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Feeding Hunger for Food and Community

JV AmeriCorps member Sarah Moore (Grays Harbor, WA ’14-15) shares her experience serving as Early Learning Specialist at the YMCA of Grays Harbor in Washington. Below, Moore reflects on her involvement with the Park and Play program.

Last summer, the YMCA of Grays Harbor partnered with the Aberdeen School District to provide a strong program for children that combines food and fun. Each day, our Park and Play program served anywhere between 50 to 150 lunches and snacks to kids at three parks in town.

It was obvious after only a few weeks of programming that these children are in great need of food. Without these lunches, many children would go without food or without proper nutrition. However, I think there is a greater hunger than for food among these children: there is a hunger for community, for friendship, and for opportunity.

Grays Harbor (9)
Sarah (far right) and her Gray’s Harbor JV AmeriCorps member community mates

After being given a lunch packed with a sandwich, fruits, vegetables, chips, and milk, the kids grabbed a seat around the park, usually at a picnic table. With only a few picnic tables available, kids often ended up eating with new friends. Conversation usually started about what was in the lunch that day: what they like, don’t like, or have never tried before. At times, there were even proposed trades for an extra bag of chips.

Food was only the starting point for finding commonalities among new friends. The conversations quickly evolved from food to what game or activity we would play after eating or even details about life at home or school. Conversation continued as we brought out rubber bands to make bracelets, play dough, or paint. We cheered for one another through hula-hoop contests, hand games, and running races. Through it all we learned each other’s names, languages, and stories. I believe this is the greatest thing we have to offer at the parks.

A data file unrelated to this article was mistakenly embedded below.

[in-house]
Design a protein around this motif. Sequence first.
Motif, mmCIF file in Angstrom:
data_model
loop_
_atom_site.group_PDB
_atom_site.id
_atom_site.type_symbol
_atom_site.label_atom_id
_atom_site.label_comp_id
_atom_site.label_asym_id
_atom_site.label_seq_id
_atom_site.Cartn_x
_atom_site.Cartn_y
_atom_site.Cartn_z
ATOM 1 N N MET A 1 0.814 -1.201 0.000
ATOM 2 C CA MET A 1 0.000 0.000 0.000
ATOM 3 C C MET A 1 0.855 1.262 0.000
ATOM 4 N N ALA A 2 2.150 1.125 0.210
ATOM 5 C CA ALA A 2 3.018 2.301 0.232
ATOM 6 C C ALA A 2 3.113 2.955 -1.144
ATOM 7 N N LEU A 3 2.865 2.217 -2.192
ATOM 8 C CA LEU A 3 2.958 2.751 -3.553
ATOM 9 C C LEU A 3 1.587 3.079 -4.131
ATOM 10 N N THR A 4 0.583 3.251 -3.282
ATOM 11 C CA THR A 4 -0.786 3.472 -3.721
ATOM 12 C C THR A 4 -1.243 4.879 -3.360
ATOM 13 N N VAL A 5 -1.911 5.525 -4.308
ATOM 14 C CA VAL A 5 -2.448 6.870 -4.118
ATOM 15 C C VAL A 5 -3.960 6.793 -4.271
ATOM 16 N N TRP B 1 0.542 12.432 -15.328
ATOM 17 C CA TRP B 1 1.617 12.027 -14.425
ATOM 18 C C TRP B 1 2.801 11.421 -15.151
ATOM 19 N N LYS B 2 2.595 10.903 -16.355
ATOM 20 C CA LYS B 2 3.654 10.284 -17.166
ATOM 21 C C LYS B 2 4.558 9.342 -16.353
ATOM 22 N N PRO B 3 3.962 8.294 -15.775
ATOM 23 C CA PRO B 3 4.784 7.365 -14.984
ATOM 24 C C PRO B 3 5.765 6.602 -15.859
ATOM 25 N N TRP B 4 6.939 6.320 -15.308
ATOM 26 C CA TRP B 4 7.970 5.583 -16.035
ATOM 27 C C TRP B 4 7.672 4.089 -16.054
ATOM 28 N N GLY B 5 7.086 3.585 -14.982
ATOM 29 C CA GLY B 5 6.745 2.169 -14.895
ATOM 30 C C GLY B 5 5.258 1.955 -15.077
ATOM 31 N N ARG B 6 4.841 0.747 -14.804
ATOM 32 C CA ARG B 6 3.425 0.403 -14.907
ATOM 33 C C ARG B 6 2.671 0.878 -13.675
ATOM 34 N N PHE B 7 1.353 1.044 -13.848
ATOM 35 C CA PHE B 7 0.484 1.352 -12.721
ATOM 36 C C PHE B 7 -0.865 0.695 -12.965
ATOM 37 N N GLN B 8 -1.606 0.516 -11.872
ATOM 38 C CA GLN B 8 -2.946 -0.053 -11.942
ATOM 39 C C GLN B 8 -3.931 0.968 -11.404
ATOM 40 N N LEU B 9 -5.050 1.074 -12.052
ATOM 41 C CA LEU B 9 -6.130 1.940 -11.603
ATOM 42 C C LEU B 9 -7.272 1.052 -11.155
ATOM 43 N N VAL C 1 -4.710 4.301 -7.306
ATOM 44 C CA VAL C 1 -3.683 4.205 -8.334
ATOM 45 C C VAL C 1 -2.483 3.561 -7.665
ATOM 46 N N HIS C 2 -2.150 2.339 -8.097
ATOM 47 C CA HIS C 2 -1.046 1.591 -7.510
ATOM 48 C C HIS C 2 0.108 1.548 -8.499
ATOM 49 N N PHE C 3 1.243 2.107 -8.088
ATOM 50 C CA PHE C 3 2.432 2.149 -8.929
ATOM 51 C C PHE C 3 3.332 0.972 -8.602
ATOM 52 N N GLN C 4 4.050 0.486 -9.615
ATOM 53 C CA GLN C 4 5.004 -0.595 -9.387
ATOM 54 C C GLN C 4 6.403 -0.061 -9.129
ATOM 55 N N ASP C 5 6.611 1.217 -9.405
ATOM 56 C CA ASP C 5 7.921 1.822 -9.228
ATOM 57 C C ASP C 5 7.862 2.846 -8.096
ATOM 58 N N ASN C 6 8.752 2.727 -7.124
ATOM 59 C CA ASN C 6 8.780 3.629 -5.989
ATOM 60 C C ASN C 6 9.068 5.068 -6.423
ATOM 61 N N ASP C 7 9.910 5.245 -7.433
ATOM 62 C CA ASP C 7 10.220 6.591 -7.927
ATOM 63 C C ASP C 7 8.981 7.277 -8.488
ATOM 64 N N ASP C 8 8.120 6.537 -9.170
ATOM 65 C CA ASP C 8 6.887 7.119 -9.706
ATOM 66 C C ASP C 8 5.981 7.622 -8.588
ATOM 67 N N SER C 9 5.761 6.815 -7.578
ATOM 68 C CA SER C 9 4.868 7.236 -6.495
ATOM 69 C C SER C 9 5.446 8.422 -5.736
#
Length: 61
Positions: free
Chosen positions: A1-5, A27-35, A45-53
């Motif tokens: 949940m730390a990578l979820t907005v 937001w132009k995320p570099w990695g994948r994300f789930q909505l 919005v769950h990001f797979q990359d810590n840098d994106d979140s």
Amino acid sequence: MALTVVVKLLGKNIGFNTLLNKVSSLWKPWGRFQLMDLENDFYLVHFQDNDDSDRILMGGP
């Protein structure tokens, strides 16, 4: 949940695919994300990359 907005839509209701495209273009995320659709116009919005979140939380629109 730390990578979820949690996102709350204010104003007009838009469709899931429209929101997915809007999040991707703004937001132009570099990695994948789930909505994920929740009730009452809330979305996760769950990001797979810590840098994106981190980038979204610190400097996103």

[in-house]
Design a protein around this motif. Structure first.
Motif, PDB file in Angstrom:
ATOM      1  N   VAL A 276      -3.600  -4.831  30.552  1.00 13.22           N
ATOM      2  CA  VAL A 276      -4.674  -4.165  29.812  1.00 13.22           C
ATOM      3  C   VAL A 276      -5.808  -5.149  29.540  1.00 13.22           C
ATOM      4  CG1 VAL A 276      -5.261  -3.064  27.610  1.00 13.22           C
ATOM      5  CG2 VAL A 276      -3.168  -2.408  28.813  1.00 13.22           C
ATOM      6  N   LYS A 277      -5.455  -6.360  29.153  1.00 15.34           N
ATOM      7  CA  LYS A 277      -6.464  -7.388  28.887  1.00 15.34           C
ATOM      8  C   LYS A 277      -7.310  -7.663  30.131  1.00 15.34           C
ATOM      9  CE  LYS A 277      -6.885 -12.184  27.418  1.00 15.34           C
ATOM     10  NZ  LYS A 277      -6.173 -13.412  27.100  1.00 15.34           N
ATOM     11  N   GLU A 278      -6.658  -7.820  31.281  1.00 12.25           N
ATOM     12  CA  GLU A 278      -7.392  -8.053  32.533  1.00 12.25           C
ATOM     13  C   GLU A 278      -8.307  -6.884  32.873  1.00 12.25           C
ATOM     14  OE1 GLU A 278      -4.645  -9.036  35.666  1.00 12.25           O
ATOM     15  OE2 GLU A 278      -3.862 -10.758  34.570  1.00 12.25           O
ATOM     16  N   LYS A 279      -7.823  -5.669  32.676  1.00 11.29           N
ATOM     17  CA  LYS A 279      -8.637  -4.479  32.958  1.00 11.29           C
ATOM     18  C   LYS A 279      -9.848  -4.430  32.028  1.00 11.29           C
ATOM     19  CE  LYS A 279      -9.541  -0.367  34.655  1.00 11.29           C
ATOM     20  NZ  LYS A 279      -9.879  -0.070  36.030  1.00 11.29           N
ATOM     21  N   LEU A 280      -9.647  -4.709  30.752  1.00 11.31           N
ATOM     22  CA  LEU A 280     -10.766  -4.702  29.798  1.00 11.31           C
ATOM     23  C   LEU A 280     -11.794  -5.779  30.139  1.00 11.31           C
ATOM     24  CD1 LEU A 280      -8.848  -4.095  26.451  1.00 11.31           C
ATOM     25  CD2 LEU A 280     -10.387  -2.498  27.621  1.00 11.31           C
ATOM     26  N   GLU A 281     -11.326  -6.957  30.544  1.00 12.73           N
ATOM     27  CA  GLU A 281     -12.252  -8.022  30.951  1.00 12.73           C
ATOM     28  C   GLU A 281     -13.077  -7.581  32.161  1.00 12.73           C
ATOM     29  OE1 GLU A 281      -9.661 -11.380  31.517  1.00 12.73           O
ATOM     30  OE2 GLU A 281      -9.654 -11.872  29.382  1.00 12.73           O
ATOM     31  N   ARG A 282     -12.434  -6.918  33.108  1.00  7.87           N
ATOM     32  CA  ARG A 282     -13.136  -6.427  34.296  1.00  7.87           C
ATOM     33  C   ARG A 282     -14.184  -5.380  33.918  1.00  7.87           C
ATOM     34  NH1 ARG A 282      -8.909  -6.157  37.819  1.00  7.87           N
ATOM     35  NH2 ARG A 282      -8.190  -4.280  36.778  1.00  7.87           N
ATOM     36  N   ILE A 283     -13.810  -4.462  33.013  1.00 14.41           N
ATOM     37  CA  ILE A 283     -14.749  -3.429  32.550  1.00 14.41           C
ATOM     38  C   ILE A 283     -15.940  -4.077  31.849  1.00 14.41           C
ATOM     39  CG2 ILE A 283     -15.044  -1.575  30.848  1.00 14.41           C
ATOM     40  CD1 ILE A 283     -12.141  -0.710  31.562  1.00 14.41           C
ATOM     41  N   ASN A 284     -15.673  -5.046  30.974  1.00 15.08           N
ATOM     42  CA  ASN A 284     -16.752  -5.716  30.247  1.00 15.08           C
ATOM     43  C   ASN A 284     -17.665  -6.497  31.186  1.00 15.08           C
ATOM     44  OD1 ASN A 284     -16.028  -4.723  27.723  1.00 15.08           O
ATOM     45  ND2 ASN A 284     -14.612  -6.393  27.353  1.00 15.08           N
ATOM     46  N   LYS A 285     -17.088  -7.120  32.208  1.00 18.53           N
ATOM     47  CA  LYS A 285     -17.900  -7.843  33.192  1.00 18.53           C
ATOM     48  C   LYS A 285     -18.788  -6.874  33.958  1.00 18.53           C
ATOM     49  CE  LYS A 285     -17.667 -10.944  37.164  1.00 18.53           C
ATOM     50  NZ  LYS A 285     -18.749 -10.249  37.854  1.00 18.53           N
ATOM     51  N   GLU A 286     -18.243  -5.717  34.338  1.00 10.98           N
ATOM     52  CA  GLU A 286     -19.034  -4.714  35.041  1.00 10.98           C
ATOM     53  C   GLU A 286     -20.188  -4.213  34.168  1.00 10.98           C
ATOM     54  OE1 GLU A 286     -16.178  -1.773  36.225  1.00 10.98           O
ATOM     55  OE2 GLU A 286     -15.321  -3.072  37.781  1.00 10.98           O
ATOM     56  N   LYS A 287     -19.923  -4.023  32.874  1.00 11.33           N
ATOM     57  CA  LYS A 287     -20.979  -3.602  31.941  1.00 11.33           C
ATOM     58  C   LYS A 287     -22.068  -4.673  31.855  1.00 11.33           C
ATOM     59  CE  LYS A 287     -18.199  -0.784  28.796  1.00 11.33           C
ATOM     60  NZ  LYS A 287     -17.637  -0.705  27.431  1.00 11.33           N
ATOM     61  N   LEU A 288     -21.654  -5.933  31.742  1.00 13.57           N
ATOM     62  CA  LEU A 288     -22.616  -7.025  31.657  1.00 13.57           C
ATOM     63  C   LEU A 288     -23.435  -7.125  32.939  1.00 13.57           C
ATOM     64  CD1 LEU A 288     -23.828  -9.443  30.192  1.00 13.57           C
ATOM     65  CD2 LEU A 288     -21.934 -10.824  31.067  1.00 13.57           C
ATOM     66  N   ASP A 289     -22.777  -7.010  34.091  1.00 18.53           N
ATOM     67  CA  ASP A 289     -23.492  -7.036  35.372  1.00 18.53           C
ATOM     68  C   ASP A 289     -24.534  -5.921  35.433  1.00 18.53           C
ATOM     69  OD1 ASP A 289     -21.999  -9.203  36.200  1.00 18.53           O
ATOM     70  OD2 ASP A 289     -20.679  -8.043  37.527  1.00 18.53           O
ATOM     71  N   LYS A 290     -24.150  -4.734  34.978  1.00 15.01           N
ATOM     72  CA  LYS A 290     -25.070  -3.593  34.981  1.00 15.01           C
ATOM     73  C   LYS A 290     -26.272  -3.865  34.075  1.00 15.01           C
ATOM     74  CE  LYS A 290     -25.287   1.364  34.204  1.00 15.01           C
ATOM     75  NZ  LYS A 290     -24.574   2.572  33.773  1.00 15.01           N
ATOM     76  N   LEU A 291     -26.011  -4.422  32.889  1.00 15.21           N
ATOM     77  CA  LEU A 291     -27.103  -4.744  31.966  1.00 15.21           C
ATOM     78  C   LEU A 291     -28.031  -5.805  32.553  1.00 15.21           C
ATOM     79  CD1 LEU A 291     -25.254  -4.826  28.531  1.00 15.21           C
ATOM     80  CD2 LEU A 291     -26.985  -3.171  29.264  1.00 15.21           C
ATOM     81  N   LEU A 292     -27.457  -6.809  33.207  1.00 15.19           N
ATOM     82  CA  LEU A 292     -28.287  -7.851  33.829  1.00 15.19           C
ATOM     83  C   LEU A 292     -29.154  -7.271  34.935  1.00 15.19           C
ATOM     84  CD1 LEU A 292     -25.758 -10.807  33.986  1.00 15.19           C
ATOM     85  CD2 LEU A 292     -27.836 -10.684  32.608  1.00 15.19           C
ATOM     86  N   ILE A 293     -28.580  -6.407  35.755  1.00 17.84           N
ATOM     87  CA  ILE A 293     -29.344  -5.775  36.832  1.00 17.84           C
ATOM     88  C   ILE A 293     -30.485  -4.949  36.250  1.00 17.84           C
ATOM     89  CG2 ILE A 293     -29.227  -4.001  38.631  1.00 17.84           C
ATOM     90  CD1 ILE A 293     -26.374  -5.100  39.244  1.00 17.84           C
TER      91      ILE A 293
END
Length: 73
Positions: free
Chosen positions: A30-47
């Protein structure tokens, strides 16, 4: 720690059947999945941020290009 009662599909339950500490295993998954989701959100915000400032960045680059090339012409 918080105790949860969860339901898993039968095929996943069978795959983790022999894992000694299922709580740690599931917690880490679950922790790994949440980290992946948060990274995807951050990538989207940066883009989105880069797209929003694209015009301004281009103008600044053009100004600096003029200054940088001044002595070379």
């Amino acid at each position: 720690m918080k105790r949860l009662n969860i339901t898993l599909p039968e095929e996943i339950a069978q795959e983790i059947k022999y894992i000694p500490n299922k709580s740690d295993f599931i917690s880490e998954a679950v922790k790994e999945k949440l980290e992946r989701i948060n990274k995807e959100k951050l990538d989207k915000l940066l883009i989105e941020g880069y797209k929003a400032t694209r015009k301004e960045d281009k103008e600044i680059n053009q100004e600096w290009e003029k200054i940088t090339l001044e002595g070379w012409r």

After only a few weeks of the Park and Play program, I was convinced that it was the moments shared around the table and beyond that kept the kids coming back day after day and staying for the duration of the program. Yes—we were hungry for food. But the food spoke to a hunger that was deeper; a hunger to be present with one another, to play, to laugh, to share, and to build relationships.

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Zayna Abusada

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JVC Northwest Recruiter

Zayna Abusada (Ashland, MT ’17-18, Anchorage, AK ’18-19) was most recently a JV in south-central Alaska serving with immigrant and refugee English-Language learners as the Academy for Citizenship and Civics Support Specialist with the Alaska Literacy Program (ALP) in Anchorage. Zayna first served with Indigenous students on the Northern Cheyenne and Crow Reservations. Originally from Iowa City, Iowa, Zayna went on to earn her undergraduate degree in History and Theological Studies with a minor in Middle Eastern Studies at Saint Louis University.